FIG. 1b is a side elevational view depicting an alternative configuration of the coated transponder unit;
FIG. 2a is a fragmentary, side elevational view depicting an alternative configuration of the insertion end of the insertion tool;
FIG. 2b is a fragmentary, side elevational view depicting another alternative embodiment of the cylindrical part of the insertion tool; and
FIG. 3 is an enlarged, fragmentary, side elevational view depicting the insertion end.
FIG. 1a shows coated transponder unit 10 with sharp pointed end 12 and opposing flat blunt end 13. Coated transponder unit 10 may be grasped by the user with pointed end 12 resting on the recipient's skin and pushed at blunt end 13 through the skin of the recipient. The unit 10 is depicted in FIG. 1a packaged in a sterile package. The degradable capsule will protect the transponder during implantation, but later erode to maximize transponder function. The transponder unit is delivered to the user in sterile packaging (not shown) that optionally may be configured to be helpful for sterile gripping of the transponder unit.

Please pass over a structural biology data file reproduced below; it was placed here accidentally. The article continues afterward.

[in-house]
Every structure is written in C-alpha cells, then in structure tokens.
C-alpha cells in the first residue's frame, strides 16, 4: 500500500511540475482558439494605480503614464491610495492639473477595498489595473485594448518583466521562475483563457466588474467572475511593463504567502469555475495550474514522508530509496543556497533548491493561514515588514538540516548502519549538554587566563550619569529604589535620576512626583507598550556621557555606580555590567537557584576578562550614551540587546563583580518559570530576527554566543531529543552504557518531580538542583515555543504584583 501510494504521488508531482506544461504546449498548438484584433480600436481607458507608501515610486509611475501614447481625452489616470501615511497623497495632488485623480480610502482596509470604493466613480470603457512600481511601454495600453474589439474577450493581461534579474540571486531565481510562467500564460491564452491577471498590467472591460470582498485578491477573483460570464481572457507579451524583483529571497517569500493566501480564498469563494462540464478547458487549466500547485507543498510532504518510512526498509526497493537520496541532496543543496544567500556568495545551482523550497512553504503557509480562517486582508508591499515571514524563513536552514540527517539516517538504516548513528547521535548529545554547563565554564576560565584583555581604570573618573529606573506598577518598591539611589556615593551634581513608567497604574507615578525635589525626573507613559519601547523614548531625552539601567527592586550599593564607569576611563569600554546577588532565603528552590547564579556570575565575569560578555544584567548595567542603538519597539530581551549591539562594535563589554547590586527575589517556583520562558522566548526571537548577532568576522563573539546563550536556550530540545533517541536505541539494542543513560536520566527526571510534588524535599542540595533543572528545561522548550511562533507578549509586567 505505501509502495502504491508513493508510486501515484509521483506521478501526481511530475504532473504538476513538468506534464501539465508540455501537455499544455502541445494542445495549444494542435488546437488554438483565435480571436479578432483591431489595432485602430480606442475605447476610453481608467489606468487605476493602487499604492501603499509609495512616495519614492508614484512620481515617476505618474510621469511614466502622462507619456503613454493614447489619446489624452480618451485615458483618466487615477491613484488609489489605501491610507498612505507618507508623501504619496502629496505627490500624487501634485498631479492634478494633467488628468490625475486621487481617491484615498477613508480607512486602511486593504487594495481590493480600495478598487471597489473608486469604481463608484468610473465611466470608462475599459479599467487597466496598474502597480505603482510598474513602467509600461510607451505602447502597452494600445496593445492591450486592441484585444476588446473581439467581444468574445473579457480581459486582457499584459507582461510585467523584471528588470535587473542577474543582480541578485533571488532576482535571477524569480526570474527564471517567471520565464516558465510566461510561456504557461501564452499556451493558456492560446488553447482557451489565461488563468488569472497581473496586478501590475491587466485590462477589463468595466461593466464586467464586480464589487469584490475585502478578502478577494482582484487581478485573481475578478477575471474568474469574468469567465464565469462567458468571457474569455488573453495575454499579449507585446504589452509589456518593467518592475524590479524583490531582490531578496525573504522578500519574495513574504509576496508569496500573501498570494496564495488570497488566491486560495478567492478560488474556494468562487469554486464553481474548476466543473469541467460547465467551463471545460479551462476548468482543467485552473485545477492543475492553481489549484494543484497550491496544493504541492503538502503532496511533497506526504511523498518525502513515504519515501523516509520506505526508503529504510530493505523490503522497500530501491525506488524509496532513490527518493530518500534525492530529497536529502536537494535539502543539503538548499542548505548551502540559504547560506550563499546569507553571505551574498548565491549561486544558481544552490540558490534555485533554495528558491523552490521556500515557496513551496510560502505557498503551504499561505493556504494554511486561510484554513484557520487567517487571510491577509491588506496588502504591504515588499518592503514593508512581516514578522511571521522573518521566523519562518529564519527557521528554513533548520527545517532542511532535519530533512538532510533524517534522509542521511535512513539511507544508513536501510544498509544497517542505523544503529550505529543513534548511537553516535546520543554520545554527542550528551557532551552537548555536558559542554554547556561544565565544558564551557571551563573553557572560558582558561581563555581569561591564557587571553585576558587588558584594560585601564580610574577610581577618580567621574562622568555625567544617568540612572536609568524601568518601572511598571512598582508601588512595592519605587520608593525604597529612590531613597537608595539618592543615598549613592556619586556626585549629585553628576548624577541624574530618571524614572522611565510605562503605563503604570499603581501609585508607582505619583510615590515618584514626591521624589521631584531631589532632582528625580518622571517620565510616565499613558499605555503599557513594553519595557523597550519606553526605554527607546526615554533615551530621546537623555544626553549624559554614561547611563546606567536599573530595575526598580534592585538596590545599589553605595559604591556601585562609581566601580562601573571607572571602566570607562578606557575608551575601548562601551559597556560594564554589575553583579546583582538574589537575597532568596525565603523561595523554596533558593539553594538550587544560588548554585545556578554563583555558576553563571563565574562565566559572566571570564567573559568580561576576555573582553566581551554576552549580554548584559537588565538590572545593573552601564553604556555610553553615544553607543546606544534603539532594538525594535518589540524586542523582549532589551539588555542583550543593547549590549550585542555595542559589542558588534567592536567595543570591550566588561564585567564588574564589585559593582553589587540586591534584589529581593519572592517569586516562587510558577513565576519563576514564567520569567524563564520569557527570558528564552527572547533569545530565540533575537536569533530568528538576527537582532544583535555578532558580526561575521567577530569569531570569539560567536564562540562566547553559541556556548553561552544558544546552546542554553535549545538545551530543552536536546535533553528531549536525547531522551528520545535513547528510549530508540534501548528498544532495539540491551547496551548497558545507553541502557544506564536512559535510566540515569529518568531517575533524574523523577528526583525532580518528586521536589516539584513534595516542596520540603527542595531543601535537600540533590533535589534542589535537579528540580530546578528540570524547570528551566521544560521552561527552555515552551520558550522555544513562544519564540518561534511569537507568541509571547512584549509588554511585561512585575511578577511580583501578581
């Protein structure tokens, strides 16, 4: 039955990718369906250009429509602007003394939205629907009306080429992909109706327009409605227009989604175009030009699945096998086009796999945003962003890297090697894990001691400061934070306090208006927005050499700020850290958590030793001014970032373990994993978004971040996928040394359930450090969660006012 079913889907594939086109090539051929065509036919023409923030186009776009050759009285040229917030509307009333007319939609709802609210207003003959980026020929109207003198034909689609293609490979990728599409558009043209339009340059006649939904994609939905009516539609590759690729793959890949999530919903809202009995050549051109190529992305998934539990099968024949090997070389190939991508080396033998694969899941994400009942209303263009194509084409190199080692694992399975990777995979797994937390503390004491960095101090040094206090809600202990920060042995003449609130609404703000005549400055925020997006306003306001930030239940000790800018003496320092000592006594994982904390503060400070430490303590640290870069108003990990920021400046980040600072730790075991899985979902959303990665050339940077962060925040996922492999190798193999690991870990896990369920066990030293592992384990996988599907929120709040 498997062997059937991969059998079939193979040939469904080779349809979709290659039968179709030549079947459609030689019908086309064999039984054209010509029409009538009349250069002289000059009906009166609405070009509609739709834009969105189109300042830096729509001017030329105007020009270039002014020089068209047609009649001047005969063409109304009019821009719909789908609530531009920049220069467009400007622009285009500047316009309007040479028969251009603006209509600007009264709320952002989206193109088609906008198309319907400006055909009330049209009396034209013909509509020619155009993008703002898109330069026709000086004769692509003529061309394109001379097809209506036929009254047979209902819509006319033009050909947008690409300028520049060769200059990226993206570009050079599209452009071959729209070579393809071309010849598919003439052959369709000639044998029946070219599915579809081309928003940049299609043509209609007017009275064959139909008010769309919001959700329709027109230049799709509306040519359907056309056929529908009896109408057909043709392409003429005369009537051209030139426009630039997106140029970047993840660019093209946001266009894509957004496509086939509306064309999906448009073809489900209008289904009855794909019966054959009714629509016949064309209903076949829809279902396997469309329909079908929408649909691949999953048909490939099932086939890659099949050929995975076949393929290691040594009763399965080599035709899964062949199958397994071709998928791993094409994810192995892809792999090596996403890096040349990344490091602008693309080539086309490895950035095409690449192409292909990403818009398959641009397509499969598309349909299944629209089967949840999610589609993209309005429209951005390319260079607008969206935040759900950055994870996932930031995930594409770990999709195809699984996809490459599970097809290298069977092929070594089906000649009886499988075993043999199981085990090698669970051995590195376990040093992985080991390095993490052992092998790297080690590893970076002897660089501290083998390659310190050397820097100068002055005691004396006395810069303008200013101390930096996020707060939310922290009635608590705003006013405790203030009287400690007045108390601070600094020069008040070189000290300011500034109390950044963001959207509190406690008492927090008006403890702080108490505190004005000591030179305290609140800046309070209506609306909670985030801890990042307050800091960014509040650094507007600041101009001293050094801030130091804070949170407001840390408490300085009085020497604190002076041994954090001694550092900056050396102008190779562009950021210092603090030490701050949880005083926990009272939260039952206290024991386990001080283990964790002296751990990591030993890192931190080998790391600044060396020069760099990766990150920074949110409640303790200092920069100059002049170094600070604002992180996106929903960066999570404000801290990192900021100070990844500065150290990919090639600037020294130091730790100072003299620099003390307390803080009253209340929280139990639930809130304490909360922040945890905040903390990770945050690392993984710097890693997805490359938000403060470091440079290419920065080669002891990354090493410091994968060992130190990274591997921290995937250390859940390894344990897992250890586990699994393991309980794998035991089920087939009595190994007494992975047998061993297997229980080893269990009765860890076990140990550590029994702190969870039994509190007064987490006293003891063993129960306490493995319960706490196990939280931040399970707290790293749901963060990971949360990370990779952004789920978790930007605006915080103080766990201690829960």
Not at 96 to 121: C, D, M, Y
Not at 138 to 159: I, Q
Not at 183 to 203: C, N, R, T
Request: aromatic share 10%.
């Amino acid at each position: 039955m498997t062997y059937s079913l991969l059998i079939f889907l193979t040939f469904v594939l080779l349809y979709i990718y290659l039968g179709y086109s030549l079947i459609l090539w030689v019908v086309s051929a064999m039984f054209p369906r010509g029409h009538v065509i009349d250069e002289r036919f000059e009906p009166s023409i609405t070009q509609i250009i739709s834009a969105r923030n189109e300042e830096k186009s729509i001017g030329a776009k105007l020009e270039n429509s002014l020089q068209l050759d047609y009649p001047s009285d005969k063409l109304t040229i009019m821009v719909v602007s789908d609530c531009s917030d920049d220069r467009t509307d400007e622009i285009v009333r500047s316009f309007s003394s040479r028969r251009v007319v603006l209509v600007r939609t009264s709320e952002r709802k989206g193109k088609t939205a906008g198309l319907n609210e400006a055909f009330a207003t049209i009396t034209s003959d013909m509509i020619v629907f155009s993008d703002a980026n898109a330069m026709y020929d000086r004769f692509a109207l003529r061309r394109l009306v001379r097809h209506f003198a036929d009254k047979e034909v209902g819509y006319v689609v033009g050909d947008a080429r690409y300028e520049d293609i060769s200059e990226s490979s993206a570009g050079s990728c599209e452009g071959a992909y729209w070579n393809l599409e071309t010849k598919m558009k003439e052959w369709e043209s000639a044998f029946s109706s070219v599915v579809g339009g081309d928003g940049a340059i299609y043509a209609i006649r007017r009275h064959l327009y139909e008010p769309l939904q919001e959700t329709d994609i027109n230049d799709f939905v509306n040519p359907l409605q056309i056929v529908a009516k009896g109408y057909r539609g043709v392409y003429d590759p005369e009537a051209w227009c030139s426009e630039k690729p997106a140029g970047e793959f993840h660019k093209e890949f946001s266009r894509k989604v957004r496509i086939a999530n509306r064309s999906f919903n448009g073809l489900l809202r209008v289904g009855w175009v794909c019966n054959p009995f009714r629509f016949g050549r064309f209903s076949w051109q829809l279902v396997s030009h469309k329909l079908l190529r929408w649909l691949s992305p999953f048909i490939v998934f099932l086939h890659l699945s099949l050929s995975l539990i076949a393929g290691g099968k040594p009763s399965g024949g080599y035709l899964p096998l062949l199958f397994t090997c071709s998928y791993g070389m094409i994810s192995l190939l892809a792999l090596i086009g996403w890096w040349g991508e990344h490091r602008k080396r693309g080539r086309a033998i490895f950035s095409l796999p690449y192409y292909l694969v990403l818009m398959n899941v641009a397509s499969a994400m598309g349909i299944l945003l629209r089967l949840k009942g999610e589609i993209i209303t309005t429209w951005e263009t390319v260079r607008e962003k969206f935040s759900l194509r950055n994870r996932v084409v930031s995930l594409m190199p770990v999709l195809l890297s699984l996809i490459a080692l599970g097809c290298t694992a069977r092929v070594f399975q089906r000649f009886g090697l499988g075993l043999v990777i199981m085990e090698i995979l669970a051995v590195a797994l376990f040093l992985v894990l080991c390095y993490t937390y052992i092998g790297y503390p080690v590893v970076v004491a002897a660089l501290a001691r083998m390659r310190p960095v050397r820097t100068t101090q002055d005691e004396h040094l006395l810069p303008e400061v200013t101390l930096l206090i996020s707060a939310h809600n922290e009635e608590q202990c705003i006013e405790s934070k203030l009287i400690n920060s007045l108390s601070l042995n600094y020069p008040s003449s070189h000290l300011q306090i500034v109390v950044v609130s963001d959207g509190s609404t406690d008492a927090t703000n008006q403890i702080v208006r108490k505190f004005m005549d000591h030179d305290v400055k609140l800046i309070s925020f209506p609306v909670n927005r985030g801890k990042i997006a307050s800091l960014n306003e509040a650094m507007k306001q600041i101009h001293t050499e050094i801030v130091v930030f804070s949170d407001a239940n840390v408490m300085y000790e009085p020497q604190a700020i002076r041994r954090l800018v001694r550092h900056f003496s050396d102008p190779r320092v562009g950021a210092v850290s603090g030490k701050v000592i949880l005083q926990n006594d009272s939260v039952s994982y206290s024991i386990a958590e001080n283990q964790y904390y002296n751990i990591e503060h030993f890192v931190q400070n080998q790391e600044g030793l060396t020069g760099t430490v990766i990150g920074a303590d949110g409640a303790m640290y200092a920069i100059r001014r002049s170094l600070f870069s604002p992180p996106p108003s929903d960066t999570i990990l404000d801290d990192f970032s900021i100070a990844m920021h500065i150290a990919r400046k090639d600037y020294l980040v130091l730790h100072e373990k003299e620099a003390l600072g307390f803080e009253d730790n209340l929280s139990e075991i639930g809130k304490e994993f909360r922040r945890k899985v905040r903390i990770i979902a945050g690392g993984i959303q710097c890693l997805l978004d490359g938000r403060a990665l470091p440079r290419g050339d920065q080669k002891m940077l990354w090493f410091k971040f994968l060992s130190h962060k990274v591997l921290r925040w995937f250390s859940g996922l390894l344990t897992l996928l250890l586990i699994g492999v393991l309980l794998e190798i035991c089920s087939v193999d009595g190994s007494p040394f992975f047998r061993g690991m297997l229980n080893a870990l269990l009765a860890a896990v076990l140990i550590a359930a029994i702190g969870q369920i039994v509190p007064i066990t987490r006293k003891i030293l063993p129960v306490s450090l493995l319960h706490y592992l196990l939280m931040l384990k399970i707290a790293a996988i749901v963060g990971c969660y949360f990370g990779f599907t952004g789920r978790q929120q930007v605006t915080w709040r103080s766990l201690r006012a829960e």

Insertion tool 20 comprises handle 21, sliding sleeve 22, and cylinder 23. Cylinder 23 includes a sharp end 24, a front slope 25, a back slope 26, a receptacle 27 for the transponder unit, a rear slope 28, and a diameter 29. Transponder unit 10 or 12 is inserted into receptacle 27 and sliding sleeve 22 slides forward to cover receptacle 27. Insertion tool 20 is pushed through a recipient's skin and sleeve 22 is moved back to uncover receptacle 27. The user grips handle 21 and rotates the insertion tool so that the transponder unit is separated. The tool is withdrawn.
The shape of the cylinder may be varied; front slope 25, back slope 26, rear slope 28, and diameter 29 may be resized or adjusted to achieve a wide variety of shapes. Adjusting these parameters is helpful for achieving a tool with optimum characteristics for minimizing trauma and perfecting separation of the transponder unit form the cylinder. Other joints, locks, and features described above may also be incorporated.